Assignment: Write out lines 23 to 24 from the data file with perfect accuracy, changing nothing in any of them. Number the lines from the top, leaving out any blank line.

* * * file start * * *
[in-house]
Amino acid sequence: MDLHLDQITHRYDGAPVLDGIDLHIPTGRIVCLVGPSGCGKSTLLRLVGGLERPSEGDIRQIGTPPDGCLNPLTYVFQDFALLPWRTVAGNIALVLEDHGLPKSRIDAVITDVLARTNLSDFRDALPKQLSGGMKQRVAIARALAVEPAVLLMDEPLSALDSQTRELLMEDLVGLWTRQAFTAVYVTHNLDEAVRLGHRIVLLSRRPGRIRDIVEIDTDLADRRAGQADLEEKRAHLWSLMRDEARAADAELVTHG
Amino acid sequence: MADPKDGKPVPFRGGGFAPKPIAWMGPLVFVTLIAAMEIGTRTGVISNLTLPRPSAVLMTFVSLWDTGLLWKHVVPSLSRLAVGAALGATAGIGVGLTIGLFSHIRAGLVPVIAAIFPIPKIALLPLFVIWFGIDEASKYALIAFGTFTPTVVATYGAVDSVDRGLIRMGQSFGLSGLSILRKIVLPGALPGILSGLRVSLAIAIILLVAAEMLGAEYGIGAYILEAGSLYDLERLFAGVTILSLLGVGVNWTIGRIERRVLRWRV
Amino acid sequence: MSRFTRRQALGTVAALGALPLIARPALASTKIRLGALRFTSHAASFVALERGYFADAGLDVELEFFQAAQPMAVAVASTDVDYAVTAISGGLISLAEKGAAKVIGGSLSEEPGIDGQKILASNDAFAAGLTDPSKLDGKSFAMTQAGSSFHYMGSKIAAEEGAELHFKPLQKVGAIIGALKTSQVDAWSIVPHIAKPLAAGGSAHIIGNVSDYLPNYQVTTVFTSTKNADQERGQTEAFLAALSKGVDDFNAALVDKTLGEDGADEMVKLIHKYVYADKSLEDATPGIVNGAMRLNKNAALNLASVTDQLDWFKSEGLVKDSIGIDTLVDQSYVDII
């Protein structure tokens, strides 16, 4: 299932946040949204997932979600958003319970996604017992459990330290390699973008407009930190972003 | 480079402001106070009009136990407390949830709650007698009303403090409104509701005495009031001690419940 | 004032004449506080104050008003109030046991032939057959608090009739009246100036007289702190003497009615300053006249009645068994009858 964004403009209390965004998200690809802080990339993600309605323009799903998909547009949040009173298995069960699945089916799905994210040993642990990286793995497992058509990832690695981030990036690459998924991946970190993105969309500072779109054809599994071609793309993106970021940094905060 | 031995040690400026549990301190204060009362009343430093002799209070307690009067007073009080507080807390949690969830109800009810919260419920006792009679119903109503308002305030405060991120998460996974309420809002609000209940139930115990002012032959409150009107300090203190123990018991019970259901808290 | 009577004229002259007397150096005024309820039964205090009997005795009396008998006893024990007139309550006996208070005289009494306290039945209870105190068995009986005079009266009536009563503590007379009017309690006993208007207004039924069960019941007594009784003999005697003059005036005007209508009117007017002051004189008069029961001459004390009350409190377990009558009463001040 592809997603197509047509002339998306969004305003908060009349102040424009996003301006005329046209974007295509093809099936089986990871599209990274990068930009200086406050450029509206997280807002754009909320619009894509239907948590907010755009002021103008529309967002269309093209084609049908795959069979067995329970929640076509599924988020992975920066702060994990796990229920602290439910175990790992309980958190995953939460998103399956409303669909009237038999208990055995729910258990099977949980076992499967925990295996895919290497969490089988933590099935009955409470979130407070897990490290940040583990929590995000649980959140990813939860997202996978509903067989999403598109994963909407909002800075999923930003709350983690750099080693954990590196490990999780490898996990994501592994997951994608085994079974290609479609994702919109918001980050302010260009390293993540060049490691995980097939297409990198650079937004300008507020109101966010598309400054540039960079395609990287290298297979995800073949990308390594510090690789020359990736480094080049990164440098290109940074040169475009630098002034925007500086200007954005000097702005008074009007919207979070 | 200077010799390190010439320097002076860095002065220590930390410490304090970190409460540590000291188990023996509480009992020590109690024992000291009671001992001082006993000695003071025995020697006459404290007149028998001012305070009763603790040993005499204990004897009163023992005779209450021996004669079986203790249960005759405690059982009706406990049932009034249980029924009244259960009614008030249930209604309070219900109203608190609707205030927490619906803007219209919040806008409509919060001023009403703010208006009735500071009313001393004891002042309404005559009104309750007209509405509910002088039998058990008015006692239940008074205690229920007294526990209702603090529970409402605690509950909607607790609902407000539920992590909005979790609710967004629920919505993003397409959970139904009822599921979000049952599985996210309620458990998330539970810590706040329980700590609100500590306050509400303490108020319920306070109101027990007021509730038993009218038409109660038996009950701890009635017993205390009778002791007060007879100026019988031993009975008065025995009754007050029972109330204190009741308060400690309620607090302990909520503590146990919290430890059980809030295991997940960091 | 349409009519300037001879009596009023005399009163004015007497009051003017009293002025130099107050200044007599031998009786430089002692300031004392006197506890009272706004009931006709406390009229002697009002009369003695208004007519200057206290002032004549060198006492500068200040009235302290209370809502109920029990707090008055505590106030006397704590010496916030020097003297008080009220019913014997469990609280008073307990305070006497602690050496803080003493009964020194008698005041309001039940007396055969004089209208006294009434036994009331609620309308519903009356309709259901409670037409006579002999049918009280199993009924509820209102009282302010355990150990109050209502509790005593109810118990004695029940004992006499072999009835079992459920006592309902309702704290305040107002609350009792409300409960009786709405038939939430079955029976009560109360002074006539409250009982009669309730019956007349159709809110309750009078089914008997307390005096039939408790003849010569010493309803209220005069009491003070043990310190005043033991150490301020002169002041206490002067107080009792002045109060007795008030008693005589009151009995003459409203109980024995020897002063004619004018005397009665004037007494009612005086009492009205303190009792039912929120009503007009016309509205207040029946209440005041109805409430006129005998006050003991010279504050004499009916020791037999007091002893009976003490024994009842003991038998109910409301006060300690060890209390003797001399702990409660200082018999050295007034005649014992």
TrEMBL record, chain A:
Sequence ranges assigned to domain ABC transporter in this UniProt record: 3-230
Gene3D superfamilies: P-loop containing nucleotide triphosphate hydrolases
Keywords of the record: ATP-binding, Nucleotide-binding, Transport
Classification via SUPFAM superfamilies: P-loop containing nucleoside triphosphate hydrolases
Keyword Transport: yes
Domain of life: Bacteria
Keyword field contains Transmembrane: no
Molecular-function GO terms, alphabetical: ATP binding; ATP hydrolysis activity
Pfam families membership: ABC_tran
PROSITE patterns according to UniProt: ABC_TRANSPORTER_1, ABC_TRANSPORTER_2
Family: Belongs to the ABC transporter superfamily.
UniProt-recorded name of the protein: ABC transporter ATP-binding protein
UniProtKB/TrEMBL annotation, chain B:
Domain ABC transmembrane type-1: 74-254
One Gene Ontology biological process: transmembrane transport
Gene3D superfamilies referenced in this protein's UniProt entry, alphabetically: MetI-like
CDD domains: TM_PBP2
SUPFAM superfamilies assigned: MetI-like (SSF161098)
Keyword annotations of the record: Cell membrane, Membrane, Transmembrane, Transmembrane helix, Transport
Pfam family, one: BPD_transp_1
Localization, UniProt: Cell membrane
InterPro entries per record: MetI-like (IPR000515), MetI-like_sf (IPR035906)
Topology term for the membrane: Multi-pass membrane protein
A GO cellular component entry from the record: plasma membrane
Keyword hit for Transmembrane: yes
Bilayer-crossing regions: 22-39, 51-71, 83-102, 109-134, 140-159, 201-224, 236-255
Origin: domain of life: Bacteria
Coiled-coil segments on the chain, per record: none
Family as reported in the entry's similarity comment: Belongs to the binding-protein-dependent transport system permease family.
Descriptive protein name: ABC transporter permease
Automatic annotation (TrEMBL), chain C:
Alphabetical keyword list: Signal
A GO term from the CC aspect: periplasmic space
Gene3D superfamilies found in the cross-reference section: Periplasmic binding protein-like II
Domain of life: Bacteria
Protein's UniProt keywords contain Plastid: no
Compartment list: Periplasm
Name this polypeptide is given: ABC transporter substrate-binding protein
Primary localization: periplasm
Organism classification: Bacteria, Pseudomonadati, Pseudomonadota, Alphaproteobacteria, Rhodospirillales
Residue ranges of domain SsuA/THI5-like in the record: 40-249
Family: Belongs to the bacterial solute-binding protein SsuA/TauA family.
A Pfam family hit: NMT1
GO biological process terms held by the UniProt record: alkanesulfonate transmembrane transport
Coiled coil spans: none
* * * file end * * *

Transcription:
CDD domains: TM_PBP2
SUPFAM superfamilies assigned: MetI-like (SSF161098)